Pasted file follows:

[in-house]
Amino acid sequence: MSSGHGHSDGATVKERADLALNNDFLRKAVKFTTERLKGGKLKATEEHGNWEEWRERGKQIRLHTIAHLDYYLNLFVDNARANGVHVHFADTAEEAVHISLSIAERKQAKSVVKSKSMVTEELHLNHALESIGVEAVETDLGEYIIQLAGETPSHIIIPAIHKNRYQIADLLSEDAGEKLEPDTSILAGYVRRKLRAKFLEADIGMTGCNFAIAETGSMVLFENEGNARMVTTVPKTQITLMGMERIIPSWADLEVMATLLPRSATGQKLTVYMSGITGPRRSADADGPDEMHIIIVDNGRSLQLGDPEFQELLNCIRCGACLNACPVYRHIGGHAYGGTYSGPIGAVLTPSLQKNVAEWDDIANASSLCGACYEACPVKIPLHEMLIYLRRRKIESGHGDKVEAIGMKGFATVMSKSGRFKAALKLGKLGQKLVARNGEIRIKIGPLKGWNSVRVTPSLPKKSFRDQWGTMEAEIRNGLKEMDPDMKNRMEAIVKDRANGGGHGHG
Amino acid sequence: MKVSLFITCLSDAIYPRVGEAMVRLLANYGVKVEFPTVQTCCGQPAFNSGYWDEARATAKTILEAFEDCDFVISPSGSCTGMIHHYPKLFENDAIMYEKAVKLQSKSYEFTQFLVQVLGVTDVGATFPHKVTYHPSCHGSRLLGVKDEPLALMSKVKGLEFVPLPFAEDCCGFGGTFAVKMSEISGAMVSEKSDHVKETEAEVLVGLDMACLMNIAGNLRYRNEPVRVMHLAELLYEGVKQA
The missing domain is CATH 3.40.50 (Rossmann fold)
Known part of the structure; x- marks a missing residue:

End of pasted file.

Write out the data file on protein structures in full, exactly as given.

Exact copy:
[in-house]
Amino acid sequence: MSSGHGHSDGATVKERADLALNNDFLRKAVKFTTERLKGGKLKATEEHGNWEEWRERGKQIRLHTIAHLDYYLNLFVDNARANGVHVHFADTAEEAVHISLSIAERKQAKSVVKSKSMVTEELHLNHALESIGVEAVETDLGEYIIQLAGETPSHIIIPAIHKNRYQIADLLSEDAGEKLEPDTSILAGYVRRKLRAKFLEADIGMTGCNFAIAETGSMVLFENEGNARMVTTVPKTQITLMGMERIIPSWADLEVMATLLPRSATGQKLTVYMSGITGPRRSADADGPDEMHIIIVDNGRSLQLGDPEFQELLNCIRCGACLNACPVYRHIGGHAYGGTYSGPIGAVLTPSLQKNVAEWDDIANASSLCGACYEACPVKIPLHEMLIYLRRRKIESGHGDKVEAIGMKGFATVMSKSGRFKAALKLGKLGQKLVARNGEIRIKIGPLKGWNSVRVTPSLPKKSFRDQWGTMEAEIRNGLKEMDPDMKNRMEAIVKDRANGGGHGHG
Amino acid sequence: MKVSLFITCLSDAIYPRVGEAMVRLLANYGVKVEFPTVQTCCGQPAFNSGYWDEARATAKTILEAFEDCDFVISPSGSCTGMIHHYPKLFENDAIMYEKAVKLQSKSYEFTQFLVQVLGVTDVGATFPHKVTYHPSCHGSRLLGVKDEPLALMSKVKGLEFVPLPFAEDCCGFGGTFAVKMSEISGAMVSEKSDHVKETEAEVLVGLDMACLMNIAGNLRYRNEPVRVMHLAELLYEGVKQA
The missing domain is CATH 3.40.50 (Rossmann fold)
Known part of the structure; x- marks a missing residue: